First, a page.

New global agenda must not leave indigenous people behind

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UN Secretary-General Ban Ki-moon being welcomed in Cochabamba, Bolivia. President Evo Morales is at left. UN Photo/Eskinder Debebe

Indigenous people must not be left behind in the push to achieve a sustainable future for all people and the planet, the UN Secretary-General has said.

Ban Ki-moon is in the city of Cochabamba, Bolivia, this weekend where he addressed the Peoples World Conference on Climate Change and the Defence of Life which focused on the views of indigenous peoples and those involved in social movements.

There are more than 370 million indigenous peoples living in 90 countries worldwide, according to the UN Development Programme (UNDP).

UNDP says Bolivia has the highest percentage of indigenous people in Latin America.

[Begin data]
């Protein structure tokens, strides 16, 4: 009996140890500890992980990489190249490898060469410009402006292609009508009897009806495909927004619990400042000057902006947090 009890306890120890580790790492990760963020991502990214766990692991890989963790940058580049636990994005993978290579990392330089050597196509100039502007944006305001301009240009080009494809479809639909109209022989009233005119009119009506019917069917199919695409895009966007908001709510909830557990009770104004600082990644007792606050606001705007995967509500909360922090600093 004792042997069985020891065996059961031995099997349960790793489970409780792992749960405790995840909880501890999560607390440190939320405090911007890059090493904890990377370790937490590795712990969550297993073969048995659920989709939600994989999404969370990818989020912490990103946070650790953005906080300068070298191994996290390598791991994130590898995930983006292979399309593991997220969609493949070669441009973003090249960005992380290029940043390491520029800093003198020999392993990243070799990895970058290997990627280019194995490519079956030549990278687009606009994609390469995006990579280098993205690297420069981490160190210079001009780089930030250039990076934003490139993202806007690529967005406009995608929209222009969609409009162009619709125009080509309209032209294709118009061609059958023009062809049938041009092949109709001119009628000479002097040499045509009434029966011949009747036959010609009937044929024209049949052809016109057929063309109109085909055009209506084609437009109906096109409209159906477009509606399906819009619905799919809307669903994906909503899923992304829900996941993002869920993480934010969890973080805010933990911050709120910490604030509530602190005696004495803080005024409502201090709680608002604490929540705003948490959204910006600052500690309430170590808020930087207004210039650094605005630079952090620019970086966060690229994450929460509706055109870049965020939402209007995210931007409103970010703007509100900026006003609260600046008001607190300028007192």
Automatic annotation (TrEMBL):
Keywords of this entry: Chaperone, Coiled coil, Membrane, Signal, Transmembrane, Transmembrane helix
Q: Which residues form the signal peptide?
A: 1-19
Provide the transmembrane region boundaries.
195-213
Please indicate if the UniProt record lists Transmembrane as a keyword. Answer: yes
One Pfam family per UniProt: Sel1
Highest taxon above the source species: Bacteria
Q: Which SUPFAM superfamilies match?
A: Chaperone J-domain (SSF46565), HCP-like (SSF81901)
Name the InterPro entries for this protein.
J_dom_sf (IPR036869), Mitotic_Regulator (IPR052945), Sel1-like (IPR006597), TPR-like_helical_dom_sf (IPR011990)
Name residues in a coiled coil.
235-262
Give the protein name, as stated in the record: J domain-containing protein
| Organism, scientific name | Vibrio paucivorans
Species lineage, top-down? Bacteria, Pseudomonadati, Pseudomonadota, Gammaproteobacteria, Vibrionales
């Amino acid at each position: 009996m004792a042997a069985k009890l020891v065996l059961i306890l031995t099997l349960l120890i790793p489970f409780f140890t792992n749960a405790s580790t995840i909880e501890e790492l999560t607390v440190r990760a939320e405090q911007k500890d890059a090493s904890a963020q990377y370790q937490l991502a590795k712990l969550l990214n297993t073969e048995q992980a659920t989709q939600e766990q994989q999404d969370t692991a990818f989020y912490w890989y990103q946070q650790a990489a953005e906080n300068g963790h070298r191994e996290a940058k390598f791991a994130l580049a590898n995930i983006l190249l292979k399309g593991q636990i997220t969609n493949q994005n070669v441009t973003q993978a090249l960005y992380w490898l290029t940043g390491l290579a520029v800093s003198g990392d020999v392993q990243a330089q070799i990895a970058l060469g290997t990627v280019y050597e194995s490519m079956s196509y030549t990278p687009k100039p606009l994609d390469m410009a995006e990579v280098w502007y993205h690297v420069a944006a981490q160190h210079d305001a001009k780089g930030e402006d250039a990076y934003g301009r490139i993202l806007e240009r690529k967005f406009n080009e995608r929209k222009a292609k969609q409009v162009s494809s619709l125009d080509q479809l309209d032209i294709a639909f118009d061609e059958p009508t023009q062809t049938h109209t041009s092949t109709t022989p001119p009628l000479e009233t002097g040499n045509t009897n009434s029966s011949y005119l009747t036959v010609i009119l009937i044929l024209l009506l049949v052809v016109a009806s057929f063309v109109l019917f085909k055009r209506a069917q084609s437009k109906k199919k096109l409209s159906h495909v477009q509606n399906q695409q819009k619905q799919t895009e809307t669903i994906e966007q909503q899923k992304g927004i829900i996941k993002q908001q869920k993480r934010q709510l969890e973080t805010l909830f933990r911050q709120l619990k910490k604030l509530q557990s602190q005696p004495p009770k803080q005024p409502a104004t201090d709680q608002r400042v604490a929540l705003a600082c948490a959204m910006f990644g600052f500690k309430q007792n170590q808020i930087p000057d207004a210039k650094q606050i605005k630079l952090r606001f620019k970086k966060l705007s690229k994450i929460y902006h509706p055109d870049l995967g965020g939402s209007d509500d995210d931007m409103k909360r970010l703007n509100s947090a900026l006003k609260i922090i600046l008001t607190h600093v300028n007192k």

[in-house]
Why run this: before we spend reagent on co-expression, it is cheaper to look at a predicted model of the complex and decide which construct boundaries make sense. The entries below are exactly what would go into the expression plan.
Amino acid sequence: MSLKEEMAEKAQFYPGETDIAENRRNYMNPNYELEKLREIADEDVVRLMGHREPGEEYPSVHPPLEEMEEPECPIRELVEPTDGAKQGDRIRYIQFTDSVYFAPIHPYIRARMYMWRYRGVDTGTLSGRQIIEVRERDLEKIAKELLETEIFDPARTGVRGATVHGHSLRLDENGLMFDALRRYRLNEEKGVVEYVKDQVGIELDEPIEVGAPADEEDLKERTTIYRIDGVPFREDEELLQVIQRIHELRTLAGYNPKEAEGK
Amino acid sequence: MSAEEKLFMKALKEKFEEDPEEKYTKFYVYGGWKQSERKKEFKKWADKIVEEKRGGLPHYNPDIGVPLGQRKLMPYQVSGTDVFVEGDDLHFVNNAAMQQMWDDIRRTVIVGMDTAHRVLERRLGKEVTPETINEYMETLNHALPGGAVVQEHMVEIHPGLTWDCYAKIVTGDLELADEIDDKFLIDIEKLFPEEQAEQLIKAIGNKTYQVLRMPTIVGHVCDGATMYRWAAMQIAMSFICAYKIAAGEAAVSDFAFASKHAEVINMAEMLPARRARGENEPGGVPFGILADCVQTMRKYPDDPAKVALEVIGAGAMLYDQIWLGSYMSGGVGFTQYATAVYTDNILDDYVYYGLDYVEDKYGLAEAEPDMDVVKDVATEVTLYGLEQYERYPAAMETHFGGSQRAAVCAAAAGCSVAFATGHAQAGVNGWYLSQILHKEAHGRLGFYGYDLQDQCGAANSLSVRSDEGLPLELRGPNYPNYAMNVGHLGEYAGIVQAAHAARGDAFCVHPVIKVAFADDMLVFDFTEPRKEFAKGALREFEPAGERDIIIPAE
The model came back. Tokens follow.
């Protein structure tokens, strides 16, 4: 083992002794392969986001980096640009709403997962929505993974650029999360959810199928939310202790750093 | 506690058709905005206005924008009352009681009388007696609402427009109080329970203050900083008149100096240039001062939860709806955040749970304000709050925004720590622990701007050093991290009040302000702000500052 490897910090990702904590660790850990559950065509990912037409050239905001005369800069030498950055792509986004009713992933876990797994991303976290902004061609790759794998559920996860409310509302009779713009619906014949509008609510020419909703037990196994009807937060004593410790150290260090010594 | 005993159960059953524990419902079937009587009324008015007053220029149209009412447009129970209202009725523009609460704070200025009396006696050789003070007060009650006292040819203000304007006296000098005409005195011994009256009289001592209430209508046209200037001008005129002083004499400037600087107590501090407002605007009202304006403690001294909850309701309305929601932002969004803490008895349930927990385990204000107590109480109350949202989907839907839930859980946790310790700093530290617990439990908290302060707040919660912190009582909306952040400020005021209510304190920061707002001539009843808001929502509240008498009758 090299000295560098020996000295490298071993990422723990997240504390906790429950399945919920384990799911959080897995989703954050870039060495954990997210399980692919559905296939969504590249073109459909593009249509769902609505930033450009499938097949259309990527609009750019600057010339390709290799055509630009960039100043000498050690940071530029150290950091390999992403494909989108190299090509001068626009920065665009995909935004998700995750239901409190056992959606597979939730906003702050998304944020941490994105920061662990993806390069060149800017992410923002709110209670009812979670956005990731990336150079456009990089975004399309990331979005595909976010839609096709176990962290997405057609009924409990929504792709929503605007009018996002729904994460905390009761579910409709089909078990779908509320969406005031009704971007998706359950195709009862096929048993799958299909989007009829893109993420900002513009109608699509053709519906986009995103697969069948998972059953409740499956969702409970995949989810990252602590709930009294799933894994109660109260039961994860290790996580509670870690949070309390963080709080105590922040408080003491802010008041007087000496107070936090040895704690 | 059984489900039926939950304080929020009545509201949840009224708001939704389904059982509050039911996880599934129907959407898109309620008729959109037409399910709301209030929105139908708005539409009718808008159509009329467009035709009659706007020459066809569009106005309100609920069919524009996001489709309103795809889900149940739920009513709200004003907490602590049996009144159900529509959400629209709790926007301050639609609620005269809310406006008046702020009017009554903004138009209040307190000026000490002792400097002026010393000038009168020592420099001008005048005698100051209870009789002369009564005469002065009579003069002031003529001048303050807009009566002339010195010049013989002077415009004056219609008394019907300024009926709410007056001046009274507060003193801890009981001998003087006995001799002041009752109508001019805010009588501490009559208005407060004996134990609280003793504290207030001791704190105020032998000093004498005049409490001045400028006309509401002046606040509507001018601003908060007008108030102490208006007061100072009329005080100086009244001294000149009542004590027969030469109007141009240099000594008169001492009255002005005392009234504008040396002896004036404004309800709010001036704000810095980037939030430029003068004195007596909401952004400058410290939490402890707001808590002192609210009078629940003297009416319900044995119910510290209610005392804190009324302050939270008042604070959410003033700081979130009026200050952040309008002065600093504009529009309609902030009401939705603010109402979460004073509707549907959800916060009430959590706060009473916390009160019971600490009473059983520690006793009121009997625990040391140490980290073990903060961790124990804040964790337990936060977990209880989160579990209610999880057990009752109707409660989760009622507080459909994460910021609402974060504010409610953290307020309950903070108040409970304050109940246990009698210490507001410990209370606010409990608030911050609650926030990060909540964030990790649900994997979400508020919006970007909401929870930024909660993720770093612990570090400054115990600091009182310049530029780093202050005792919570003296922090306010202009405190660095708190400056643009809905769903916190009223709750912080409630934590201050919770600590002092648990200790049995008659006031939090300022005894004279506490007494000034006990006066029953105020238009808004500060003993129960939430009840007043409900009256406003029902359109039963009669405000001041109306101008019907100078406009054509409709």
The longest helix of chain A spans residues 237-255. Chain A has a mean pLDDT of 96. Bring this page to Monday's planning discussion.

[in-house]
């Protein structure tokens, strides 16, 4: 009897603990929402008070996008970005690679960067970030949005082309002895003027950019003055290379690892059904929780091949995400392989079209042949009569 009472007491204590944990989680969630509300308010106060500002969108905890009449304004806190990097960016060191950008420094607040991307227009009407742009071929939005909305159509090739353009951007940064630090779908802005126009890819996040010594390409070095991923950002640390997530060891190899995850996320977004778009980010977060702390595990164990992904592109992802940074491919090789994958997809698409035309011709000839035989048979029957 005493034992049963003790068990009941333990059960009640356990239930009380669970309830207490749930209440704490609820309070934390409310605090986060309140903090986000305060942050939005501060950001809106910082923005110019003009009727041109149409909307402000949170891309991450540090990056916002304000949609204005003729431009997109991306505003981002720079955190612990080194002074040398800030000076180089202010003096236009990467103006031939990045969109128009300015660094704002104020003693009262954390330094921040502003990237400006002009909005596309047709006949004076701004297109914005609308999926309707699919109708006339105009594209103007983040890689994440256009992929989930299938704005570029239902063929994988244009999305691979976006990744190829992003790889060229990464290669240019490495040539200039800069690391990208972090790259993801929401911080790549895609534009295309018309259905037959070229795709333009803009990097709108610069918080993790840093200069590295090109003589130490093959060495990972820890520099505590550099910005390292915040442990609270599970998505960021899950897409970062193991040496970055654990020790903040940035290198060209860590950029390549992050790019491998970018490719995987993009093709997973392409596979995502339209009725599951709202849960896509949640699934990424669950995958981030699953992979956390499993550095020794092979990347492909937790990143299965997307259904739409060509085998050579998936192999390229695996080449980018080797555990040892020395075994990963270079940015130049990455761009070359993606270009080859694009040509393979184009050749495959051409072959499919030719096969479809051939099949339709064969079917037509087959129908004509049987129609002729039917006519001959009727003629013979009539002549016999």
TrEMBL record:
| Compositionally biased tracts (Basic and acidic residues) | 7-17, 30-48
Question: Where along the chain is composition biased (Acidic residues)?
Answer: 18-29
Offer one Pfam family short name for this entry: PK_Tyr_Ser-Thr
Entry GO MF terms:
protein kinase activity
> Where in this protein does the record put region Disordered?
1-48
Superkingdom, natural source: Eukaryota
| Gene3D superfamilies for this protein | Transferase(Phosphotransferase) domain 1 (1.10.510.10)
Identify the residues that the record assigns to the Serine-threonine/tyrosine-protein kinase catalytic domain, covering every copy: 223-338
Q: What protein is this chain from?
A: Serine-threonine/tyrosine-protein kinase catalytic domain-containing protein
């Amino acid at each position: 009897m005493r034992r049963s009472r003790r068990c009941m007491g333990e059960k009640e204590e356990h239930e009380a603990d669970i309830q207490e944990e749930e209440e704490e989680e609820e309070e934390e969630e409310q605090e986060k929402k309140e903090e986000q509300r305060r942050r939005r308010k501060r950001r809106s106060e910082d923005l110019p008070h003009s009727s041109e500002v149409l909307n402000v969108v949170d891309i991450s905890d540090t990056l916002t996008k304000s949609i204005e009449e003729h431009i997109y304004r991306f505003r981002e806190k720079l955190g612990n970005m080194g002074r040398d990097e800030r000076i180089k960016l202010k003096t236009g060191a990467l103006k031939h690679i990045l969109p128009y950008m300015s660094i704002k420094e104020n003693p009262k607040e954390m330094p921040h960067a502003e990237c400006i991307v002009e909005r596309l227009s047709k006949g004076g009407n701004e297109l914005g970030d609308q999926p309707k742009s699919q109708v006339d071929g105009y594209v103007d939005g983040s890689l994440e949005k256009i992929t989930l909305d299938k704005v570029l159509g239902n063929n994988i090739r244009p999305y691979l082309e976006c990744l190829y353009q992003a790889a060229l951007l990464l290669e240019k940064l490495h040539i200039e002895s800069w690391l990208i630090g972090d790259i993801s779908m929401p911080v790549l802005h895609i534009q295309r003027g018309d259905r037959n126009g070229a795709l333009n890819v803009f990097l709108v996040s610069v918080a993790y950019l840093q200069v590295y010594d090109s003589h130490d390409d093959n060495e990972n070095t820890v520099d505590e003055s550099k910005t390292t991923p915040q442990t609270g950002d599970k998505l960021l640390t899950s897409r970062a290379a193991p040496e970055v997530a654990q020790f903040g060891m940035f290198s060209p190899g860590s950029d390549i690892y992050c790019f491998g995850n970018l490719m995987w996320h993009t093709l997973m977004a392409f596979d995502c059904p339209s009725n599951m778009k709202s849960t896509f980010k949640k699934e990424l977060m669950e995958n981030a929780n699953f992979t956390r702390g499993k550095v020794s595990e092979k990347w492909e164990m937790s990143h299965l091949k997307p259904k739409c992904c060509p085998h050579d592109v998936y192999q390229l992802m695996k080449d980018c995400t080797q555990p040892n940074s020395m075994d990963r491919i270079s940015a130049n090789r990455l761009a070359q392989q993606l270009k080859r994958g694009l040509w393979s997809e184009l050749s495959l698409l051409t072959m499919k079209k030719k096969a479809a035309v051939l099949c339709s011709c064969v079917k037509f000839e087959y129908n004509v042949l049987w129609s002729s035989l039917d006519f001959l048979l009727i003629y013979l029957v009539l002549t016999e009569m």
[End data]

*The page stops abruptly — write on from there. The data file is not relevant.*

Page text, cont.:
Dianne Penn reports.

The UN Secretary-General said indigenous people are often among the poorest peoples in their countries.

He added that they are also some of the most vulnerable and marginalized people on Earth.

Mr Ban listed challenges facing indigenous populations such as inadequate access to education and housing as well as widespread violence against women.

Last month, world leaders adopted a new global development plan for the next 15 years that seeks to eradicate extreme poverty, promote greater equality and protect the planet.

Mr Ban described Agenda 2030 as a concrete plan for ending poverty everywhere.

He said it also must be implemented in ways that are culturally appropriate in order to meet the needs of indigenous people and their concepts of well-being.

Indigenous peoples, he said, "must not be left behind."

 Dianne Penn, United Nations.

Duration: 52"

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